Issuing a report on Israeli-Palestinian fighting, a commission led by former U.S. Sen. George J. Mitchell of Maine said Friday that Israel should freeze settlement construction, but it did not recommend sending an international force to the region. Diplomatic sources in Washington said the panel blamed neither Israelis nor Palestinians directly for igniting confrontations more than seven months ago. One section of the document called for a complete freeze on Jewish settlement construction.
WORLD
May 13, 2002 | From Times Wire Services
Palestinian Authority President Yasser Arafat left Ramallah today for the first time since Israel confined him to the city six months ago. At the helipad in his headquarters, Arafat climbed into a Jordanian air force helicopter that was to fly him to three of the hardest-hit areas in Israel's six-week West Bank military offensive: Bethlehem, the battle-scarred Jenin refugee camp and the city of Nablus.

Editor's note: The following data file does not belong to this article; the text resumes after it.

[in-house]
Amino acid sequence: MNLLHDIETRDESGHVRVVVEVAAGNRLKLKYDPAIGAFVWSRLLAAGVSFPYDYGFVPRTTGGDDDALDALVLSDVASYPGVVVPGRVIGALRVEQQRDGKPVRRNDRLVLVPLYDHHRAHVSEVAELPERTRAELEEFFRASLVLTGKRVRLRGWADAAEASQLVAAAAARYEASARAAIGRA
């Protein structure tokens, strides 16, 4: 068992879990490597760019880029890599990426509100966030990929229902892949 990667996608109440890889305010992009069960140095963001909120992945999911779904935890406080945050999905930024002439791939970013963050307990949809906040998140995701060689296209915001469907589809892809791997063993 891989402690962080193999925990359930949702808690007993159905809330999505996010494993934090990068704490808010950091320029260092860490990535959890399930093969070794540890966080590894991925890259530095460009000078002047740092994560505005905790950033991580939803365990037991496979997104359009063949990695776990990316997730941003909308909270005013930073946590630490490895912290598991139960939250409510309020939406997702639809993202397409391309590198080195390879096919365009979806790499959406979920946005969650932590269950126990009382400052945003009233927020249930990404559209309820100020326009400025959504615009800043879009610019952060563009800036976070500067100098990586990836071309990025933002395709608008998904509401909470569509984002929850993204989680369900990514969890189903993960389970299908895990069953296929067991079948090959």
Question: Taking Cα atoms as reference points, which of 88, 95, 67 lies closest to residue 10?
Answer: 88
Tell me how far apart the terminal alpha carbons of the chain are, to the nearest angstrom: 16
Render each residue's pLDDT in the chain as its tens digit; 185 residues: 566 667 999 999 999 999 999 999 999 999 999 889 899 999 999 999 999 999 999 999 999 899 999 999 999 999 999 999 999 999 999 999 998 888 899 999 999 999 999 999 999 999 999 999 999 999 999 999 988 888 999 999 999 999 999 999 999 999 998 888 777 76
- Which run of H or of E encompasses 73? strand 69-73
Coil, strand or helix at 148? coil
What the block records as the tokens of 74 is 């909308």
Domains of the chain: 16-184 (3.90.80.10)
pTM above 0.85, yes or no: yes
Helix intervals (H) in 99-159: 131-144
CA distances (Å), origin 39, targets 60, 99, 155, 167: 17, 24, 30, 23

NEWS
April 4, 1998 | From Times Wire Services
Shouting for revenge against Israel, thousands of Palestinian demonstrators in the West Bank and Gaza Strip vented their rage Friday over the death of a Muslim militant bomb maker. "Dear Qassam, blow up Tel Aviv," crowds chanted, urging the military wing of the Hamas group to avenge Mohiedin Sharif's death.
WORLD
September 21, 2002 | MITCHELL LANDSBERG, TIMES STAFF WRITER
Using dynamite and bulldozers, Israeli forces on Friday flattened much of what remained of Yasser Arafat's headquarters and left the Palestinian leader trapped on a single floor of his office building, which was raked with machine-gun fire and struck by at least one tank shell. The assault, which continued into this morning, was intended to physically and politically isolate the Palestinian Authority president after two suicide attacks on Israelis this week.